41 JCW August 6, 2017 at 5:05 pm

That was an awfully long walk just to throw some shade.

42 uair01 August 6, 2017 at 10:38 am

Linking back to a previous post about Austrian writers. – Yesterday I saw this Thomas Bernard book in the German bookshop: Städtebeschimpfungen (City-tirades). From A to Z (Altaussee, Zell am See) it’s a collection of wild rants against specific places. Vienna: “How old and life-less a city, how big and by whole Europe and the whole world forgotten and deserted graveyard is Vienna, what a monumental graveyard of crumbling and moldy curiosities.” – Also: a wonderful book, the only one by this author. It paints the social, cultural and even economic life of a small Austrian provincial town in 1890. The author was a lawyer and spending time outside of Vienna was a compulsory part of the judicial career. Hans Adler, Das Städtchen. – https://www.goodreads.com/book/show/7107416-das-st-dtchenhttp://www.suhrkamp.de/buecher/staedtebeschimpfungen-thomas_bernhard_46074.html – Enjoy!

43 Anonymous August 6, 2017 at 11:19 am

Has it occurred to anyone else that Tyler cannot possibly have time to actually read all more than a small percentage of the books he claims to be reading on this blog?

44 dearieme August 6, 2017 at 3:03 pm

He skims them. He boasts of skimming them. Maybe on the sound basis of the Division of Labour he subcontracts the skimming of them.

45 Anonymous August 6, 2017 at 5:07 pm

Skimming and reading are not the same thing. The posts should be entitled “Books I’m skimming right now”.

I would love for Tyler to answer whether he accepts money or gifts in exchange for mentioning books on this blog. For example, do publishers send him free books in exchange for favourable mention?

46 Todd K August 6, 2017 at 6:42 pm

Rumor has it that Cowen knows braille just in case there is a power outage. How does one skim braille?

47 li/arlington August 6, 2017 at 11:00 pm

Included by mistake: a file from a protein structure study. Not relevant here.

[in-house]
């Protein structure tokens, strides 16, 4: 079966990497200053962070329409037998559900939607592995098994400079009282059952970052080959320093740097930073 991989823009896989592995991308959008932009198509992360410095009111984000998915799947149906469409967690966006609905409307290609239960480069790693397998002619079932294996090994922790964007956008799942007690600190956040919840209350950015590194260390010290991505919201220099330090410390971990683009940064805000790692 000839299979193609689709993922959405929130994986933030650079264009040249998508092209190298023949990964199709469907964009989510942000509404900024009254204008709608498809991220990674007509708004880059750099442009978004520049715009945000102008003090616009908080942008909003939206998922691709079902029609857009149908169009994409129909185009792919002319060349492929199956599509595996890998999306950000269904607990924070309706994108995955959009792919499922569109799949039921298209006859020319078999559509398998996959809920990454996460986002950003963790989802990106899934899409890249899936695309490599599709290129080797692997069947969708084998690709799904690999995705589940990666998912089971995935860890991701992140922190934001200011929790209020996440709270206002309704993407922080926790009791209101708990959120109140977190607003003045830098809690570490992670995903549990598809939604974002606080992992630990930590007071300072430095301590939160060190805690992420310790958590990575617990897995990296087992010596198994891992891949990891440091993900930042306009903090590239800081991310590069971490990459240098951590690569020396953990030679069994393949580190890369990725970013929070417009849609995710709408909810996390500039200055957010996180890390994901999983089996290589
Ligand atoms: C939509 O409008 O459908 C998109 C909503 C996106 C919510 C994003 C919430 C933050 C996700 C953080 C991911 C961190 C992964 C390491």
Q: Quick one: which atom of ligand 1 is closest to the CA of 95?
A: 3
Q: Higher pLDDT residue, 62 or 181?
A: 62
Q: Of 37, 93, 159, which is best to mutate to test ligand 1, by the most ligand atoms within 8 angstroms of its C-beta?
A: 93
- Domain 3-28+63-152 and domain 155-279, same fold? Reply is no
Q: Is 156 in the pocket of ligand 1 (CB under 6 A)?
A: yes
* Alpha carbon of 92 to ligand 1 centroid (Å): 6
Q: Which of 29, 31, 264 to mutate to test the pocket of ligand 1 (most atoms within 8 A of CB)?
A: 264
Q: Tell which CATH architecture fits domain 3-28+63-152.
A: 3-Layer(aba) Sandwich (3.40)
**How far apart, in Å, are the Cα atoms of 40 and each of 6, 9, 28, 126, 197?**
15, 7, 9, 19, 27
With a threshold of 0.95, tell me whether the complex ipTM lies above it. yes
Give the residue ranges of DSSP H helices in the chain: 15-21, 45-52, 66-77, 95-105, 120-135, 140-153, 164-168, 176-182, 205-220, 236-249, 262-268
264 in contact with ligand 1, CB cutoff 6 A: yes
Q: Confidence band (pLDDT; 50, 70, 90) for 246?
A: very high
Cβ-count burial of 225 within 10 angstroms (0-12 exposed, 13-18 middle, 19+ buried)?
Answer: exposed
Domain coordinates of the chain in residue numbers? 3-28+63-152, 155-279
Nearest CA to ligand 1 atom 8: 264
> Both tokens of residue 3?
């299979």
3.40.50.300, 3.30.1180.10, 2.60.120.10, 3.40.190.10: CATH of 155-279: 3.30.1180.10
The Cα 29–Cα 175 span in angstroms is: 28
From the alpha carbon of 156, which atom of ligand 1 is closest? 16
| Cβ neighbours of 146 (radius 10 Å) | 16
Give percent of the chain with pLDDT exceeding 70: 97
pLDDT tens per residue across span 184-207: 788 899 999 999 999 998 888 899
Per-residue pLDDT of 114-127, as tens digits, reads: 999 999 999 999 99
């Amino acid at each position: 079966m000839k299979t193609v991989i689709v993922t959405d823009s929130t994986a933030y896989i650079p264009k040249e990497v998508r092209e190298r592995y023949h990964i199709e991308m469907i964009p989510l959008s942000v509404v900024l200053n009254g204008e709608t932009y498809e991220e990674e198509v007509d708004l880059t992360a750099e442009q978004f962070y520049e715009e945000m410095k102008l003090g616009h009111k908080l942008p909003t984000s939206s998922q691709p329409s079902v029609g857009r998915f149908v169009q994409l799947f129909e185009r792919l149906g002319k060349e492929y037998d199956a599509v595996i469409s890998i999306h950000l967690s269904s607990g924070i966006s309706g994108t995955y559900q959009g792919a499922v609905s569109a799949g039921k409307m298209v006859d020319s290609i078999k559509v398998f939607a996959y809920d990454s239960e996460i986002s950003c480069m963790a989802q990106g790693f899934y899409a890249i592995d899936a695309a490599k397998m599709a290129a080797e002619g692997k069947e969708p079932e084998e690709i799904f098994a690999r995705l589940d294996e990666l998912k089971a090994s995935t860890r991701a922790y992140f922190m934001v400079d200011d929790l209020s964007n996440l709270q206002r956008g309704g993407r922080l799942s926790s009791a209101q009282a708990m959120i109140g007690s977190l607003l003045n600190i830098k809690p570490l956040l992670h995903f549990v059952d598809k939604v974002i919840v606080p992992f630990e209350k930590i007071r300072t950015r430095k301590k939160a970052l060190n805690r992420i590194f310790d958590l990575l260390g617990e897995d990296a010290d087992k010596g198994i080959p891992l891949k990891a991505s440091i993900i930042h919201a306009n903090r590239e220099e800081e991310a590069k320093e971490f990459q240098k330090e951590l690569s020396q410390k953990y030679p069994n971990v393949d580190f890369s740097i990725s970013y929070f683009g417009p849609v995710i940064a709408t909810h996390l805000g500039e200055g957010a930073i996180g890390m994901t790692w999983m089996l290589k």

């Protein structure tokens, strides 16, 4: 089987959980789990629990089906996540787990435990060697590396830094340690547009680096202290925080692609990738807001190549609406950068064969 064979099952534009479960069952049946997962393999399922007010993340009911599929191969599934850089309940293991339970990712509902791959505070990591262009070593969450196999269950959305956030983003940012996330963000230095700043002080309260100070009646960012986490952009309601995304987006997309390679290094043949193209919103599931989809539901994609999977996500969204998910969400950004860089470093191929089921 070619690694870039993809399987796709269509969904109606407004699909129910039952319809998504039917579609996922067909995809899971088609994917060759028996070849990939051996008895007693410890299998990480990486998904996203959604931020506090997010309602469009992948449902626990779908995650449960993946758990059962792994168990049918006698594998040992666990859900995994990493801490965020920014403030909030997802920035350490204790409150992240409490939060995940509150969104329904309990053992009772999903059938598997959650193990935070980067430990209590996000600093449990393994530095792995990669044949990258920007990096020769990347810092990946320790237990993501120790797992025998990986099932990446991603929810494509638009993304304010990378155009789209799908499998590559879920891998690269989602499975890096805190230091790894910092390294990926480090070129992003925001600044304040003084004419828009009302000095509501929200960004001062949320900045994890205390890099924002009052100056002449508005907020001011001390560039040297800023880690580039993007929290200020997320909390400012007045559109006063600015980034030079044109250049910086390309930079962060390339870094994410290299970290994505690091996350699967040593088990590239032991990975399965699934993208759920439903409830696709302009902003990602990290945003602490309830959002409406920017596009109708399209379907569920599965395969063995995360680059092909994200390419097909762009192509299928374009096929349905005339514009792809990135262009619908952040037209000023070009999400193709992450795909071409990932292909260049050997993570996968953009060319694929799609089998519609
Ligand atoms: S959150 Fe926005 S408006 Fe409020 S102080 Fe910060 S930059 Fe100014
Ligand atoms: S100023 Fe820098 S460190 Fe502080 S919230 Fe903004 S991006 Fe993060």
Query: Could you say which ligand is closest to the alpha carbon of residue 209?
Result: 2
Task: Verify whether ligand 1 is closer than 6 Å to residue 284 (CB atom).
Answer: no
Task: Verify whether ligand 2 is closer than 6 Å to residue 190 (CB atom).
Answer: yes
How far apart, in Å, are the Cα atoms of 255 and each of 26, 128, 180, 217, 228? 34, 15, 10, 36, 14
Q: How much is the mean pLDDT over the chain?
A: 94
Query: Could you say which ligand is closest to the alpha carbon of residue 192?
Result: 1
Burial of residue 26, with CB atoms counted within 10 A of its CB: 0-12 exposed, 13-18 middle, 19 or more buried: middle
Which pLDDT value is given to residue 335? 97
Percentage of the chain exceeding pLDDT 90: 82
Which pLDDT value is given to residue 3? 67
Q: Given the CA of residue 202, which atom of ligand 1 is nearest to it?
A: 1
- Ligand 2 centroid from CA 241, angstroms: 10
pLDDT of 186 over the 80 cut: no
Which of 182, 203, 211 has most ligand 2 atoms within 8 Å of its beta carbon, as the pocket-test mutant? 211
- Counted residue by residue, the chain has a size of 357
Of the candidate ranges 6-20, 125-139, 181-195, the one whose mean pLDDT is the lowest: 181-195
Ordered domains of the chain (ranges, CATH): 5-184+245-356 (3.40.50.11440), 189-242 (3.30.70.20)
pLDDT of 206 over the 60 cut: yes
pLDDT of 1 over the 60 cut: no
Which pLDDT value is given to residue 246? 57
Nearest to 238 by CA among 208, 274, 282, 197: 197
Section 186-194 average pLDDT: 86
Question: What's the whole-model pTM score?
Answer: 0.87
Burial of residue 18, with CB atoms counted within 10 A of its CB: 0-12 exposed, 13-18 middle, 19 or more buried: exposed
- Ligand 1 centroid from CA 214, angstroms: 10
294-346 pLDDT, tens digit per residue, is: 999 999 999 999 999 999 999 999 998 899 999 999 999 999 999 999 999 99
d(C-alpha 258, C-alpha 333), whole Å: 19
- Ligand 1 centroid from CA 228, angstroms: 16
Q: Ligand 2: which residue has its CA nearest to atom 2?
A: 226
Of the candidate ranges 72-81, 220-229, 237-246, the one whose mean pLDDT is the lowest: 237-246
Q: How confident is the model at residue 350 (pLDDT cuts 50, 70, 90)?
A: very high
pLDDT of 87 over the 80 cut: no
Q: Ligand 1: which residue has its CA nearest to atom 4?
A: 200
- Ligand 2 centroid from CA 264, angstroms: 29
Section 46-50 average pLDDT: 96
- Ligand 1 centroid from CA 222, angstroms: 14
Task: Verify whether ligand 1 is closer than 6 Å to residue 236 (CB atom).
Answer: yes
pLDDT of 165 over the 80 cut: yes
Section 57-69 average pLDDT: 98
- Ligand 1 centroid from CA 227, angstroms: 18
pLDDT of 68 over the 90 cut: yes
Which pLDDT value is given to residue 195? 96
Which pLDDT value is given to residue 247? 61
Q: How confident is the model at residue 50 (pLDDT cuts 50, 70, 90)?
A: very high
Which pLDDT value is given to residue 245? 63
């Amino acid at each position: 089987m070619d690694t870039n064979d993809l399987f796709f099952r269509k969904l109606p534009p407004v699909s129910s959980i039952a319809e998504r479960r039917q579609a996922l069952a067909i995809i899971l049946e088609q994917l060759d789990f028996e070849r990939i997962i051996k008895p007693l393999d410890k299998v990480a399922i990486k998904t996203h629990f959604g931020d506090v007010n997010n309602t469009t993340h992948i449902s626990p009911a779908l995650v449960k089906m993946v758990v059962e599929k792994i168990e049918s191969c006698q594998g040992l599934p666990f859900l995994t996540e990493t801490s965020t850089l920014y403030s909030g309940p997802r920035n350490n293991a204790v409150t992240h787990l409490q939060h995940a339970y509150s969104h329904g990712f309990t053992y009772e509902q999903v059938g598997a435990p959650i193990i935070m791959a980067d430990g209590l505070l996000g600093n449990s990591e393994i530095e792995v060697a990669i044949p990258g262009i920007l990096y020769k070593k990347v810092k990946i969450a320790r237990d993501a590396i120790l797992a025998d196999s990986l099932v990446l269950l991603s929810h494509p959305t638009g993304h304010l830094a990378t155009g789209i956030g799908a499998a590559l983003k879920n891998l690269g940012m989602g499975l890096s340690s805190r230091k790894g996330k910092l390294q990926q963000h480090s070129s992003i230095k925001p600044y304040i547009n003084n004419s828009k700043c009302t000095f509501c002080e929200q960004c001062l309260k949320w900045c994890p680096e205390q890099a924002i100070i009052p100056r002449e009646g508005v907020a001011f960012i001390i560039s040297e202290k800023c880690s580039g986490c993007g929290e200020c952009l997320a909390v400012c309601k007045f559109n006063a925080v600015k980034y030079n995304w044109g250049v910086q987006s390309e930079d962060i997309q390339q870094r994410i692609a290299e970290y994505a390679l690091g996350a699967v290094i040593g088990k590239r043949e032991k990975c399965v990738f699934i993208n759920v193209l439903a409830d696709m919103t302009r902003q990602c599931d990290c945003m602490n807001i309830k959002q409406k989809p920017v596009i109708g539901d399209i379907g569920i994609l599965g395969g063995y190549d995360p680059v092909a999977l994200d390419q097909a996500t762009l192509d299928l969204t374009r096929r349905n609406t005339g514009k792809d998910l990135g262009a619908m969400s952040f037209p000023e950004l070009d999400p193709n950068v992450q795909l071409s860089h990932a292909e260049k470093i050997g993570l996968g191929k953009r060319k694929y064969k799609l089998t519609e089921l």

(Only the first seven sentences of this comment are relevant to this comment thread). Sigh, This has probably been explained dozens of times on this blog. Tyler, like other good readers, probably reads books that need to be read slowly – such as Hamlet, or Isaiah, or Finnegans Wake, or Chirelstein on Contracts or Keynes on Logic, just as slowly as such books need to be read. There is a vast middle field of books which require less attention, the way that someone who smokes blunts and Romeo y Julietas gives less attention to the former. And then there are books that are written by people who, like a chess opponent at a 40 on one simultaneous exhibit (event), have the possibility of being intermittently interesting. Finnegans Wake level books – no skimming, read every word. Books in the middle field – read for the good parts and skim the mediocre parts. All the other books that are worth paying attention to – give the author the same level of attention a chess master gives to an unknown competitor, who might have a good move or two, but probably no more than that, up her sleeve. Harold Bloom has claimed that he is a superfast reader, but he also memorizes that which he thinks is worth memorizing. Can’t get slower than that. Some people are as good with words as a good piano player is with sixteenth and thirty-second notes and rapid chord changes. As for me, I eschew paragraph breaks in my comments because I think of my ideal reader – generally (and, to be fair, I am being sincerely humble here) (less than one ideal reader, on average, for each of the comments I post on what are more or less virtual bulletin boards in the basements of the (in the present case) social science buildings of universities that may as well be living in the Victorian era or the 22nd century for any real connection with the people I see every day – and I know, just as much as I know that the 70th anniversary of the Korean War concert will have just as many latecomers, with a sad look on their face at the realization that they missed the first, the most heartbreaking song of the concert being held on the other side of campus (they would have been on time if they had not chosen the wrong parking lot on that confusing campus in the midst of what used to be fields and woods on the Southern end of the Great Northern winter-fashioned Woods…..), as the 60th anniversary had – as I was saying, I know the stuff I write for ‘publication’ (publication in quotes because there is no quality barrier) on the bulletin boards in the virtual basements of the academic buildings of someone else’s (not mine) beloved alma mater – would not be improved by the internet equivalent of the “pride of life”: i.e., spacious and proud paragraph breaks. (Oaks, elms, tulip trees, maples, lots of grass, one species of birch, the southernmost: mulberry trees, and a statue of Mencius – the religious sage – at the corner of the pond, as if one lived in a world where the First Amendment did not say what it says and did not mean what it means. I am fine with that, Mencius and me would have been pals, I think: but I would have had so much to say to him about his creator that he would not have known! Poor guy! and of course who wants their portrait to be a statue? Not me, for sure,and probably not you.)…(the list of trees describes the typical trees on a generic Mid-Atlantic campus: the proximity of that list to the earlier statement about “basements” of “social science buildings” on “campuses” may strike someone as sort of poignant, in its way, at least if one is willing to picture those trees, mildly swayed by mild Virginia winds, on a cloudy late August afternoon…. the reference to Mencius is a reference to statues of Asian religious figures on state university campuses where statues of other religious figures would be immediately removed: in this case, a statue of Mencius, near an acre-sized pond which, at the moment, is being visited by lots of dragonflies, attracted to the stagnant “corners” of the pond where the center-pond fountain (for keeping the water less stagnant) is too distant to effectively diminish the regenerations of very small and very young insects near the reedy shores. Not long ago, there was a concert in commemoration of the first casualties of the Korean war, and, in fact, several people who really wanted to hear the first song missed the first song, because they had been confused about the parking on the campus. The world is sort of complicated and sort of not complicated at the same time. Yes, I know I would be more readable with more paragraph breaks. Then again, I would also be even much more readable than that if you imagine Ralph Richardson reading this comment on a lonely stage on a summer night a decade or two before the average current Oscar winner was born. (For the record, one of the sentences in this comment was the best pastiche I am capable of with respect to the “remarkable humor” of Goethe. Or not (maybe it was the sentence with the words Mencius and pals in it). Thanks for reading, anyway. I am glad the lack of paragraph breaks did not bother you much.